The name of the story comes from the serenade that a payador/montonero sings for a landowner in order to convince him (the landowner) to give him and his buddies some aid in the war. The plot is that the payador shows up with two fellow montoneros at the hacienda of this patriotic landowner. The song gets performed, and the landholder gives the men fresh horses, provisions, and a firearm. This one appears to involve mostly subtle touches.
There's the usual atmospheric motif, which struck me as rather enchanting in this story. It didn't really add to the plot but Lugones' use of imagery and metaphor was striking.
There's also some interesting character sketching, both with the payador and the landholder. The landowner is fixated on the book Historia de Carlo Magno y los Doce Pares de Francia, which I believe translates into The History of Charlemagne and the Twelve Pairs of France. From the little we're told about the novel, it appears to be a rather sensational telling of the life of Charlemagne and includes feats of derring-do against creatures like giants. When someone tries to tell him the book is largely fiction, he gets angry and refuses to believe it.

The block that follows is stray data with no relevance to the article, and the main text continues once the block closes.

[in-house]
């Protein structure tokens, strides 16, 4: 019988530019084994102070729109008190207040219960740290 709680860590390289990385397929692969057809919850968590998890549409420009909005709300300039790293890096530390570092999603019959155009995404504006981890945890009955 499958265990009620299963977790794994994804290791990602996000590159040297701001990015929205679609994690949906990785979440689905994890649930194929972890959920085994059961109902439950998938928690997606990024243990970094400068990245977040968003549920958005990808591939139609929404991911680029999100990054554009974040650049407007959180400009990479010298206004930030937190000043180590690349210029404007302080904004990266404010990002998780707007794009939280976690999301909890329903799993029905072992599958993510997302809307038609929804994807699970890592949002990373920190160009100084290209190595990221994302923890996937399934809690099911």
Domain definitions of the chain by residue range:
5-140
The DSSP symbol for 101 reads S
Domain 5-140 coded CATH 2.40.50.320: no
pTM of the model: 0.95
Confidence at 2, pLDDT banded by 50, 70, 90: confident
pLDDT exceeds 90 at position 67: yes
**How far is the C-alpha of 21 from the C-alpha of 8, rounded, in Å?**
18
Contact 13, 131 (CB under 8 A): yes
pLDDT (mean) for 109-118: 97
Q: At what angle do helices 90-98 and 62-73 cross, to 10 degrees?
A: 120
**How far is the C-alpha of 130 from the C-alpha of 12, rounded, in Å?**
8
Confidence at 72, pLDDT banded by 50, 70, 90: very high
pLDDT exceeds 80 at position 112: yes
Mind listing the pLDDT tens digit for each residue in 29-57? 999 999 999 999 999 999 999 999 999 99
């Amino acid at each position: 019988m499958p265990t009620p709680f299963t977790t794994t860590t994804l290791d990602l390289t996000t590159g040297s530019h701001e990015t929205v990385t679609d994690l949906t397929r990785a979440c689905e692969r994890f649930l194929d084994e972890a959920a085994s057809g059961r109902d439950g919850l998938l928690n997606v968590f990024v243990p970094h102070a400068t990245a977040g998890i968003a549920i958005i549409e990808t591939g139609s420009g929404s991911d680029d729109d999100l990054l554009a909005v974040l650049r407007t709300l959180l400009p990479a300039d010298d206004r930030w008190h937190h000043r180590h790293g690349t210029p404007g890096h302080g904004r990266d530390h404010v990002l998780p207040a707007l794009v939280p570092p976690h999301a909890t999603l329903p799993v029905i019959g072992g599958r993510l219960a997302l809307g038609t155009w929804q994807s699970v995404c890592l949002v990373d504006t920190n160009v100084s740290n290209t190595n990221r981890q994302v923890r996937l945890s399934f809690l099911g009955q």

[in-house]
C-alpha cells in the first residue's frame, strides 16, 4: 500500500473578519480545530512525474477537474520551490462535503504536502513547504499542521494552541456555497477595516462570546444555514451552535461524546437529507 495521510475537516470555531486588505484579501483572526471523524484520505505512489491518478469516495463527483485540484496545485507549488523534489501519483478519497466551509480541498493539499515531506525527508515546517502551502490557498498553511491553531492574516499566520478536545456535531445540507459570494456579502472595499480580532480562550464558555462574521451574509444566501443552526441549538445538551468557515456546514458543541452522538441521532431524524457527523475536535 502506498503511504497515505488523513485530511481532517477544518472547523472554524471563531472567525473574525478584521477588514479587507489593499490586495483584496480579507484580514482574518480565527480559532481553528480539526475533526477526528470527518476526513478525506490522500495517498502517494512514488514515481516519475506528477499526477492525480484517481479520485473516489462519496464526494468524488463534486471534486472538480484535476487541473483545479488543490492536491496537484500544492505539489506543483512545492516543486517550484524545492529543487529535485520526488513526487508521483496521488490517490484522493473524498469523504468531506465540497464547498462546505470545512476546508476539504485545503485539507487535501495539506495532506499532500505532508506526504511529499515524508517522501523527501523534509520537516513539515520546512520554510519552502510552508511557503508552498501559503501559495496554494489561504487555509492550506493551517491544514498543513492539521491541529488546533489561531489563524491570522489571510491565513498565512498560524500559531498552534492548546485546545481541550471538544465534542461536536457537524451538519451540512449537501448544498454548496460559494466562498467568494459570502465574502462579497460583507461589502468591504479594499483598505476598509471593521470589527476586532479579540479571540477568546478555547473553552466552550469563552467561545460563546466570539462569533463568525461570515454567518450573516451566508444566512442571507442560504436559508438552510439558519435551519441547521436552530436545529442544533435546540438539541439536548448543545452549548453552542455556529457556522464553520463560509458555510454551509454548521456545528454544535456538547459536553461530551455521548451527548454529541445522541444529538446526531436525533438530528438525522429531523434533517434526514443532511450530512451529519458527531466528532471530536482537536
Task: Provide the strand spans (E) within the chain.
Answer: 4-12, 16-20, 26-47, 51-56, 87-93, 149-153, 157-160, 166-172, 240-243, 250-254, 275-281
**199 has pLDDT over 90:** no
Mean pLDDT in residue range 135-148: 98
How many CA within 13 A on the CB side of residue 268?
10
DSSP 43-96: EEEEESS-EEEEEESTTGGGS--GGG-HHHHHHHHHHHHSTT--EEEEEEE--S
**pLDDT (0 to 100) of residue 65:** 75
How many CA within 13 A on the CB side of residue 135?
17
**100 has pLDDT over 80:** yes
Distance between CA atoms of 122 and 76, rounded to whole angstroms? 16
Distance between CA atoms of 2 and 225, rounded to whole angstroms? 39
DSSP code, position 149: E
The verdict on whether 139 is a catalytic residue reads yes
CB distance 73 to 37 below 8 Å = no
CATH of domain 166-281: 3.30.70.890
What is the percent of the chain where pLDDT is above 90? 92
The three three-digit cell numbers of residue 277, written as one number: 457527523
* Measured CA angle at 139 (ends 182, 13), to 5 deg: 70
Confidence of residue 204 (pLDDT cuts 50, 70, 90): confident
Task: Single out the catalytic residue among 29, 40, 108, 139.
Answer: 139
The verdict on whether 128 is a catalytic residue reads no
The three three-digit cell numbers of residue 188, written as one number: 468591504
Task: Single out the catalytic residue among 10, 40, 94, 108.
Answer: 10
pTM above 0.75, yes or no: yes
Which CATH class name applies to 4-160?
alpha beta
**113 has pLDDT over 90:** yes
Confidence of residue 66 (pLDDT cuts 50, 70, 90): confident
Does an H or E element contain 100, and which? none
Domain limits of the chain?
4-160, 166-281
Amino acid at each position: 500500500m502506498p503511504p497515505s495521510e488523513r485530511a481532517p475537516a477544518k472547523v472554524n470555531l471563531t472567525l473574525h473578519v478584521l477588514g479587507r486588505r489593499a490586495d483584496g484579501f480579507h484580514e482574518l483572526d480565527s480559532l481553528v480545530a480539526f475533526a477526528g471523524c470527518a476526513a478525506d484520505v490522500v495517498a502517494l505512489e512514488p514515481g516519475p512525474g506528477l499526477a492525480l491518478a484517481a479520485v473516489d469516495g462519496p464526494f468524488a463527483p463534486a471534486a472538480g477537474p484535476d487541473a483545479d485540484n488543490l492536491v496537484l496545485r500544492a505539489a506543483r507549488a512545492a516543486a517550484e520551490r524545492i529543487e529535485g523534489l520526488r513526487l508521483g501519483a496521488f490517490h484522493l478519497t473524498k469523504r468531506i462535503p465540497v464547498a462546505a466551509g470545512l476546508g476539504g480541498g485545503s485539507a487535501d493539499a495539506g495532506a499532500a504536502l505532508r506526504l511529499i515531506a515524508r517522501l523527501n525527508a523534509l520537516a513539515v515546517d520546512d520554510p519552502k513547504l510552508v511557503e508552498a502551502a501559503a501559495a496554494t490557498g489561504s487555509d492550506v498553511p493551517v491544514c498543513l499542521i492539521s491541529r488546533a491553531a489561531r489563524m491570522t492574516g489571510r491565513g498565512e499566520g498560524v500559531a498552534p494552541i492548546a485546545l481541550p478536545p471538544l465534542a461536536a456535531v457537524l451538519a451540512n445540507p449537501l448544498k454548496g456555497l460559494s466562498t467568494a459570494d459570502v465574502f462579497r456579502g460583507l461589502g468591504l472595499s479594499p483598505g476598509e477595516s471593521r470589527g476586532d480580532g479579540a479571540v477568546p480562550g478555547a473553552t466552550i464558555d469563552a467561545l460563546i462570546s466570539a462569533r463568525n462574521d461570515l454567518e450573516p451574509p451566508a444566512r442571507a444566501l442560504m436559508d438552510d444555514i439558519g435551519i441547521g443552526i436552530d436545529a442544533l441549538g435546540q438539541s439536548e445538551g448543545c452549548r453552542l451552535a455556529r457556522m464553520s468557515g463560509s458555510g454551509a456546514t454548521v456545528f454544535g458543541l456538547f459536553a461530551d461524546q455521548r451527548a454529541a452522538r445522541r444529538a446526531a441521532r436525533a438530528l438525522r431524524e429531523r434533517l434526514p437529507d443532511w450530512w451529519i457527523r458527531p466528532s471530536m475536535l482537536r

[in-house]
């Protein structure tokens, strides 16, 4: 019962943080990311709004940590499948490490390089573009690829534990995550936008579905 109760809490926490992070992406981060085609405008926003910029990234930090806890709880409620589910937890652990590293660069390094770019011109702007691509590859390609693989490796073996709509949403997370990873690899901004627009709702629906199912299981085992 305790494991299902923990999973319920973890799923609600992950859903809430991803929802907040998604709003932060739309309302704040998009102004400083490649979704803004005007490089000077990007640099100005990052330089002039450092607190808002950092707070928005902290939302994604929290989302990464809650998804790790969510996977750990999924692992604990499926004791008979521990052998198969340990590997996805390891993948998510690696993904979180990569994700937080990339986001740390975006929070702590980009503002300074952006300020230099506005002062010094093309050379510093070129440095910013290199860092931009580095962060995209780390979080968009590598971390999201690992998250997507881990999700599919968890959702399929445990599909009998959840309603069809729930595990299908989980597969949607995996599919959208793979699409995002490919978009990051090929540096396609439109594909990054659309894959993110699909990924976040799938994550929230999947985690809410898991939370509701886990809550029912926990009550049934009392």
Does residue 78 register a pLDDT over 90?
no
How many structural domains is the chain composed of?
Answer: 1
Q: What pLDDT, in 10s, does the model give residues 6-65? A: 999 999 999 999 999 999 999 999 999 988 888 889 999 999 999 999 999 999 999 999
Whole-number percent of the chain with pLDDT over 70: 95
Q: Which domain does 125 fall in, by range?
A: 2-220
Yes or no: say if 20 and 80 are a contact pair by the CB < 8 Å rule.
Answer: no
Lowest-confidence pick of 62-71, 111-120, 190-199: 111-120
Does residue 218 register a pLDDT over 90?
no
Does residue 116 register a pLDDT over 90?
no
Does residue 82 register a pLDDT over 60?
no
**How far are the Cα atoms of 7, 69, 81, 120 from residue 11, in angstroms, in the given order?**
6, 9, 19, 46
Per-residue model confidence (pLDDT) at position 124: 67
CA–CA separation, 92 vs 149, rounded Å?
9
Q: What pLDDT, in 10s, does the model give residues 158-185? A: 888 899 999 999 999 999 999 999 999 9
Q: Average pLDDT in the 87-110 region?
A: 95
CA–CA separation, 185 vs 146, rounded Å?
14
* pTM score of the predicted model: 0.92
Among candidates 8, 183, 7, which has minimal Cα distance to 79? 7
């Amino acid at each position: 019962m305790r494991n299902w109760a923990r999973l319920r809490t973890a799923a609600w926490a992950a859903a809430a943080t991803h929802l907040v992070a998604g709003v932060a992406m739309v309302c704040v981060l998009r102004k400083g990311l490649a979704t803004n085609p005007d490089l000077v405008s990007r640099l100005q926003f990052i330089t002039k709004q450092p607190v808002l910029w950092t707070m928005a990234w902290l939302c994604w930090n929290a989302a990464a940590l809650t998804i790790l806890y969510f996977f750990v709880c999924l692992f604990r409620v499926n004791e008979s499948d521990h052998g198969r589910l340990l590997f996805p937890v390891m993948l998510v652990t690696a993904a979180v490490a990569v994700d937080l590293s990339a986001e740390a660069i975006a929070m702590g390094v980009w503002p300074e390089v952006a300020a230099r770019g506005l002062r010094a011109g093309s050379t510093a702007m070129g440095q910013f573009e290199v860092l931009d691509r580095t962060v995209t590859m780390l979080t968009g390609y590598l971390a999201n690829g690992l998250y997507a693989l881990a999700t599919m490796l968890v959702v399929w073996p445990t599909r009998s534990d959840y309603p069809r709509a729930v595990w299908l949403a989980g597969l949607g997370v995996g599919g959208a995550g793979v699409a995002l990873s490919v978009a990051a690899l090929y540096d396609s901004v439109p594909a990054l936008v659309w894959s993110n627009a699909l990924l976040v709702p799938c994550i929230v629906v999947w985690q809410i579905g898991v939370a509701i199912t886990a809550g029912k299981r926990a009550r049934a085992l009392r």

When the payador shows up and asks him for aid, the landholder gets excited and starts talking about the characters in the book. The payador only understands that the landowner is talking about great men who are long dead and infers that the old man is talking about people he knew in his lifetime. So, there's some shades of Don Quixote there, though with Lugones' own variation on it.
(Due to sleep deprivation, I had to read this story twice and ran out of time to write it up. I'll be doing two today.)
Donald Hall (1928-2018)
3 weeks ago